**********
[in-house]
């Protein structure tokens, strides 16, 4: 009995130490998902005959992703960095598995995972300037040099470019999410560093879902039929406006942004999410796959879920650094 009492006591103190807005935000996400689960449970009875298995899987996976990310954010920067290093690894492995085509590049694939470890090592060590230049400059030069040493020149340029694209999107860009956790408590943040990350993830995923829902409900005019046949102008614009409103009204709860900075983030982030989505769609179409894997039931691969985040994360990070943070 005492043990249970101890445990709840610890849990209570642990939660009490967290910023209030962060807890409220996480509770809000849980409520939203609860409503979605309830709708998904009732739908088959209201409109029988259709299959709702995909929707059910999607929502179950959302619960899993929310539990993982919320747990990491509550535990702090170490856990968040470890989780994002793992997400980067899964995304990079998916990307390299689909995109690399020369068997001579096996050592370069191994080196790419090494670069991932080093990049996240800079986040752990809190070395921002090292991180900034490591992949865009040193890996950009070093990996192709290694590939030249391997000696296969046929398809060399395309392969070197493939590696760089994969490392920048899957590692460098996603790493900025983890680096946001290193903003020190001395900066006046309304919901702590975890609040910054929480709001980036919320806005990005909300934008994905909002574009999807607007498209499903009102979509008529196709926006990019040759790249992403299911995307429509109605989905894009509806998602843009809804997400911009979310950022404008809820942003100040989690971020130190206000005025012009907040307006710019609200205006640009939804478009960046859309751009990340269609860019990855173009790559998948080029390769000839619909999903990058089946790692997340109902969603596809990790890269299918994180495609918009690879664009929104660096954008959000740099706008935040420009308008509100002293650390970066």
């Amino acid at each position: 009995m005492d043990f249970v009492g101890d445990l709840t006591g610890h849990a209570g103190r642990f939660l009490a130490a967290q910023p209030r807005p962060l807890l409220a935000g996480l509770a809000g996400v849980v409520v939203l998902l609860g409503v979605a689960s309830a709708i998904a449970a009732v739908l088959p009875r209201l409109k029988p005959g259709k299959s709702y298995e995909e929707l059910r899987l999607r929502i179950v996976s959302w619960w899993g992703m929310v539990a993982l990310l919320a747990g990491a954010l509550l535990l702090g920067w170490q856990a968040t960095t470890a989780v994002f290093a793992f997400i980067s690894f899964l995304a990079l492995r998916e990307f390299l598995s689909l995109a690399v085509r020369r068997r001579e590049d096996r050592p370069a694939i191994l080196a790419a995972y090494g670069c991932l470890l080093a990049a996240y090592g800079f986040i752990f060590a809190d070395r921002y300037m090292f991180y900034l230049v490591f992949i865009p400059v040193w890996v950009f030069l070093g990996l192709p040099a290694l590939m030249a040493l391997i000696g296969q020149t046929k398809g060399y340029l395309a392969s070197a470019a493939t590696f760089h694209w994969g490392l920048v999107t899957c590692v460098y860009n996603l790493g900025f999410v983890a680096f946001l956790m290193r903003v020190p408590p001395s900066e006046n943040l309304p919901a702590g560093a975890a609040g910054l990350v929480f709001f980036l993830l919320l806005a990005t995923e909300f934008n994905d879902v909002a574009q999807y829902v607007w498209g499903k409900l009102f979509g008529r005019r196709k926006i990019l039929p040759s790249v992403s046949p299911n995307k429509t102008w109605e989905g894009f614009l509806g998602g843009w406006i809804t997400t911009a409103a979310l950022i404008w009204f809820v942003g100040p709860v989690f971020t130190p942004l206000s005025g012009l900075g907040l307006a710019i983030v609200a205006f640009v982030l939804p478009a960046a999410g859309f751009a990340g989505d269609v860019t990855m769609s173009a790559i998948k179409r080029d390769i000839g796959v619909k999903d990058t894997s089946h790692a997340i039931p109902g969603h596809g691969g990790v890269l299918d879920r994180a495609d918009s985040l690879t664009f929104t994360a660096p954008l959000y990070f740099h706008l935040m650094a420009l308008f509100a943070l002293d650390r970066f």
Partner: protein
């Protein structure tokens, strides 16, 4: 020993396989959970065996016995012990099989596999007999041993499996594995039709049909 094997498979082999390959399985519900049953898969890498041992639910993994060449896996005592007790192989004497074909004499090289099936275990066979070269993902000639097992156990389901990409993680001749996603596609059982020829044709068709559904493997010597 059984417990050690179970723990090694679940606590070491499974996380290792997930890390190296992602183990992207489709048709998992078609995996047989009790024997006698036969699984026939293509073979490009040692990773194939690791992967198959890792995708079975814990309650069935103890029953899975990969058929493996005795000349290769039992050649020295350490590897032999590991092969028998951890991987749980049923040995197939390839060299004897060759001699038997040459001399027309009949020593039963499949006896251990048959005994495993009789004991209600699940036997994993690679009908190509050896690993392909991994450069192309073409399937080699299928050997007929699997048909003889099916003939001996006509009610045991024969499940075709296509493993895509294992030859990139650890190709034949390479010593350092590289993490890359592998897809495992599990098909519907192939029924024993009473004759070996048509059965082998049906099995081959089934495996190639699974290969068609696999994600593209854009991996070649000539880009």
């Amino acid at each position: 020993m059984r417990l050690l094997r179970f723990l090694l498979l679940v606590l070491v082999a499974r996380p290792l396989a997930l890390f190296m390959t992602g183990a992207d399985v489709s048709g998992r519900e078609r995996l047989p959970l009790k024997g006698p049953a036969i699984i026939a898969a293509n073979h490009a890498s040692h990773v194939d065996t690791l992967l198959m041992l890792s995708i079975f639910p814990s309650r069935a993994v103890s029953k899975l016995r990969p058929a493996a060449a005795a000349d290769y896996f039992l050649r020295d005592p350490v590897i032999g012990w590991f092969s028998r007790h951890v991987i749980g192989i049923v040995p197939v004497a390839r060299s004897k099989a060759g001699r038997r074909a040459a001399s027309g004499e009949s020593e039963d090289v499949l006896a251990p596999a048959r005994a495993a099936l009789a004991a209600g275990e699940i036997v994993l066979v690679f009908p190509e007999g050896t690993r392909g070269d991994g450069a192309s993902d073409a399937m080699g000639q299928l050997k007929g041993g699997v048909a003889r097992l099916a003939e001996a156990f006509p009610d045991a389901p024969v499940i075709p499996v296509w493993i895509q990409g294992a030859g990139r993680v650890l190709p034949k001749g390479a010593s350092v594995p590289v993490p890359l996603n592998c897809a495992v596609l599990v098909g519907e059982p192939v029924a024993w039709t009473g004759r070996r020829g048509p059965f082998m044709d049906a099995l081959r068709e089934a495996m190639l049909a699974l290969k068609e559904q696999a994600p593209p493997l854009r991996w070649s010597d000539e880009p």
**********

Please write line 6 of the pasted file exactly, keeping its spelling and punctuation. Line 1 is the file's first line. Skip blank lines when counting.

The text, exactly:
């Amino acid at each position: 020993m059984r417990l050690l094997r179970f723990l090694l498979l679940v606590l070491v082999a499974r996380p290792l396989a997930l890390f190296m390959t992602g183990a992207d399985v489709s048709g998992r519900e078609r995996l047989p959970l009790k024997g006698p049953a036969i699984i026939a898969a293509n073979h490009a890498s040692h990773v194939d065996t690791l992967l198959m041992l890792s995708i079975f639910p814990s309650r069935a993994v103890s029953k899975l016995r990969p058929a493996a060449a005795a000349d290769y896996f039992l050649r020295d005592p350490v590897i032999g012990w590991f092969s028998r007790h951890v991987i749980g192989i049923v040995p197939v004497a390839r060299s004897k099989a060759g001699r038997r074909a040459a001399s027309g004499e009949s020593e039963d090289v499949l006896a251990p596999a048959r005994a495993a099936l009789a004991a209600g275990e699940i036997v994993l066979v690679f009908p190509e007999g050896t690993r392909g070269d991994g450069a192309s993902d073409a399937m080699g000639q299928l050997k007929g041993g699997v048909a003889r097992l099916a003939e001996a156990f006509p009610d045991a389901p024969v499940i075709p499996v296509w493993i895509q990409g294992a030859g990139r993680v650890l190709p034949k001749g390479a010593s350092v594995p590289v993490p890359l996603n592998c897809a495992v596609l599990v098909g519907e059982p192939v029924a024993w039709t009473g004759r070996r020829g048509p059965f082998m044709d049906a099995l081959r068709e089934a495996m190639l049909a699974l290969k068609e559904q696999a994600p593209p493997l854009r991996w070649s010597d000539e880009p």